Know the score on CJ-4

| December 12, 2008

Routine oil analysis has always been prudent, and it’s no different with CJ-4 oil used in 2007 engines because engine stresses are much greater and CJ-4 normally has a slightly lower TBN level. But don’t be surprised if results suggest extending your change interval – CJ-4 is a much better oil and ULSD contains much less acid-producing sulfur.

New oil specifications sometimes can be more exciting to engineers than to truckers. The new CJ-4 oil is better than CI-4 Plus, but it’s also more expensive, so for many owner-operators the switch will not necessarily be automatic the next time they drive into a service bay, or the moment that case (or barrel) of CI-4 Plus in the home shop is depleted.

The new oil is ideal in a nation where nearly all diesel fuel now contains only 15 parts per million of sulfur. Even if you’re running older trucks and have access to diesel that meets the previous standard of 500 ppm sulfur, that diesel soon will be impossible to get; it’s not being replaced as it’s drained from the system nationwide.

The downside to CJ-4 is a slightly higher price in most cases. Depending on the brand, the new oil could be the same price or anywhere from 75 cents to 85 cents more per gallon, or 20 percent higher, according to anecdotal reports from three companies in the supply chain.

If your truck is older, with no diesel particulate filter and maybe no exhaust gas recirculation either, CI-4 Plus “might be the best way to go,” says Eric Olsen, staff engineer with Chevron Global Lubricants.

But for low-emissions engines with a DPF, the higher cost of the new oil may be more than made up for in savings from improved fuel economy and fewer DPF cleanings.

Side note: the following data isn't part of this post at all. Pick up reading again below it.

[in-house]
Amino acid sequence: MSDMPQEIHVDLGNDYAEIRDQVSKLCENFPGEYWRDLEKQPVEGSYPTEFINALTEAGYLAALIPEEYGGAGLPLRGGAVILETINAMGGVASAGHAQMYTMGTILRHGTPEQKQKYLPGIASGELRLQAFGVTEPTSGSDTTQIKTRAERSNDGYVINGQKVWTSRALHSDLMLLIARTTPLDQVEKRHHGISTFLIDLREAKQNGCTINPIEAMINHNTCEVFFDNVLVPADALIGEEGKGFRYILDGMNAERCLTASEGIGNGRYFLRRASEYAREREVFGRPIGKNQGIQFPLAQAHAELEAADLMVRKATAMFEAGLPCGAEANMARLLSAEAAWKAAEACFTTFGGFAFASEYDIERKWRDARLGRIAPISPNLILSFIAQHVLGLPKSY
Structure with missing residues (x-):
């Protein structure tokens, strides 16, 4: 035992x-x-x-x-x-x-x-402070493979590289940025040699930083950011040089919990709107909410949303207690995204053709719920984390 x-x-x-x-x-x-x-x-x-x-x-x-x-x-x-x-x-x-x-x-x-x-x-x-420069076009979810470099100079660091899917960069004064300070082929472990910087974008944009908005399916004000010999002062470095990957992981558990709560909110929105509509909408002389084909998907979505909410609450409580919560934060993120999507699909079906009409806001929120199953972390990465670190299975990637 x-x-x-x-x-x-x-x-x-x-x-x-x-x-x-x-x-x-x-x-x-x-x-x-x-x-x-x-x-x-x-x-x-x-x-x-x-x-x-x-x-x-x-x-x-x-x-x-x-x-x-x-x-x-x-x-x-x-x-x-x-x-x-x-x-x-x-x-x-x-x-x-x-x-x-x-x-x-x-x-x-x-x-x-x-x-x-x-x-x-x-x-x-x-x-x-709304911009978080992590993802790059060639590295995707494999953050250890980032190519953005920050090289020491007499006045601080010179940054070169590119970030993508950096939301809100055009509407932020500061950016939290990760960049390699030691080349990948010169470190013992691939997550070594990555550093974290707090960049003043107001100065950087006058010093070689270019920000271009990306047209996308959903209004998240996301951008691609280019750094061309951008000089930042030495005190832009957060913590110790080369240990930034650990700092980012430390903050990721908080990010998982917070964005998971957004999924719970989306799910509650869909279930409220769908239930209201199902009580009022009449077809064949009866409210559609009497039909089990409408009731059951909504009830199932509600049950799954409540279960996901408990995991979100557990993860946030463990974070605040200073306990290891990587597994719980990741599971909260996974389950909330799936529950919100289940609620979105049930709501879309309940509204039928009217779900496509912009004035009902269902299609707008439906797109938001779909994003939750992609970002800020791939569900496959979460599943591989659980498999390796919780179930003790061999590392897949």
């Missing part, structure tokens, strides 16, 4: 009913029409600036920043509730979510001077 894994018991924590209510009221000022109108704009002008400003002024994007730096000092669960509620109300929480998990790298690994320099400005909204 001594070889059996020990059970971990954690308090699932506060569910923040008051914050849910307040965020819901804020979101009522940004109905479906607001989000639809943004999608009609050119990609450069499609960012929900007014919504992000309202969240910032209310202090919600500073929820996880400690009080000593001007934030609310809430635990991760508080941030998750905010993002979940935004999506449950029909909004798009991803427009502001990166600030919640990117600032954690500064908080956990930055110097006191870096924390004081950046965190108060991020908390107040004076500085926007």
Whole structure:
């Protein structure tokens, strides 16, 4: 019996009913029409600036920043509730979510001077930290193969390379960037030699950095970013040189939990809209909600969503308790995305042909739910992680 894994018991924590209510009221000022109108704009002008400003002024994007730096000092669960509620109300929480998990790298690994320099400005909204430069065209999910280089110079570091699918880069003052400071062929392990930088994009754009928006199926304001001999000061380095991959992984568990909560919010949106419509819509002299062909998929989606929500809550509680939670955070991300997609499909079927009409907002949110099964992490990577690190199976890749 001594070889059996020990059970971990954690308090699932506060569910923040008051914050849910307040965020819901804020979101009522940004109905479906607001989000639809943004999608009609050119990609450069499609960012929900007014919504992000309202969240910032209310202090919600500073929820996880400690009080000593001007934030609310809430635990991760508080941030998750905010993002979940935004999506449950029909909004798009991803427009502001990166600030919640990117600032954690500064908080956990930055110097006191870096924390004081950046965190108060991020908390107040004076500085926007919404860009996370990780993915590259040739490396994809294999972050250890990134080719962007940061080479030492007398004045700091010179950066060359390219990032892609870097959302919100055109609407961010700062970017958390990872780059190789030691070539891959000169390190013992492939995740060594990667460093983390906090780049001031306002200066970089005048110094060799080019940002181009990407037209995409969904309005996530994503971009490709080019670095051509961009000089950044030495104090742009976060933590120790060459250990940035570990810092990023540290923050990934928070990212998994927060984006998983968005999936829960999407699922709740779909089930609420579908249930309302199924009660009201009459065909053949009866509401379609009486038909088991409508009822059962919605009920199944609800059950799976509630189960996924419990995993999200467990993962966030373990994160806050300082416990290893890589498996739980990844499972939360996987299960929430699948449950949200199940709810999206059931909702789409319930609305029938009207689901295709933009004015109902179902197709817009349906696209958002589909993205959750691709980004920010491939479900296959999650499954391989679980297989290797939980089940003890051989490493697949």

“Low-emissions engines are making life a bit more complicated,” Olsen concedes.

One reason for the CJ-4 formulation was the need to limit the amount of sulfated ash, the stuff that comes along with additives used to neutralize acids and protect surfaces in the newer, higher-stress engines. While the carbon soot trapped by the DPF burns, ash accumulates. This blocks the flow of exhaust through the porous ceramic of the DPF.

“Keep in mind that DPF plugging is a matter of degree,” Olsen says. “Well before plugging gets bad enough to cause complaints of power loss, the increased backpressure has been hurting fuel economy. This is among the myriad of reasons that the majority of OEMs recommend API CJ-4 for 2007 and 2008 model year engines.”

Cummins has approved the use of CI-4 Plus in its 2007 engines, which Olsen sees as acknowledgment that fleets want to stock only one engine oil. Since most will own relatively few trucks with DPFs for quite some time, CI-4 Plus seems a logical choice – for now.

The industry generally believes that using CI-4 Plus won’t damage the DPF, but simply will cause it to need more maintenance. However, some engine manufacturers now require CJ-4 under their warranties.

If you’re a small-fleet owner who has some trucks with DPFs and some without, you need to stock two oils, use CJ-4 across the board, or make sure your DPF-equipped engine manufacturer approves CI-4 Plus – assuming you think what you save on oil will more than pay for any increase in DPF maintenance and fuel costs. The simplest route, of course, is an across-the-board upgrade.

Having to reduce sulfated ash in the oil produced by the new engines might have thrown refiners and fleets into a panic but for the change in diesel fuel that came along with DPFs. The nationwide switch from low-sulfur diesel to ultra-low-sulfur diesel was required to help meet the U.S. Environmental Protection Agency’s 2007 standard for airborne particulate, a.k.a. soot. That’s a relief, because unlike ash, sulfur actually will damage the DPF, interfering with its ability to catch and burn off particulate.

Comments are closed.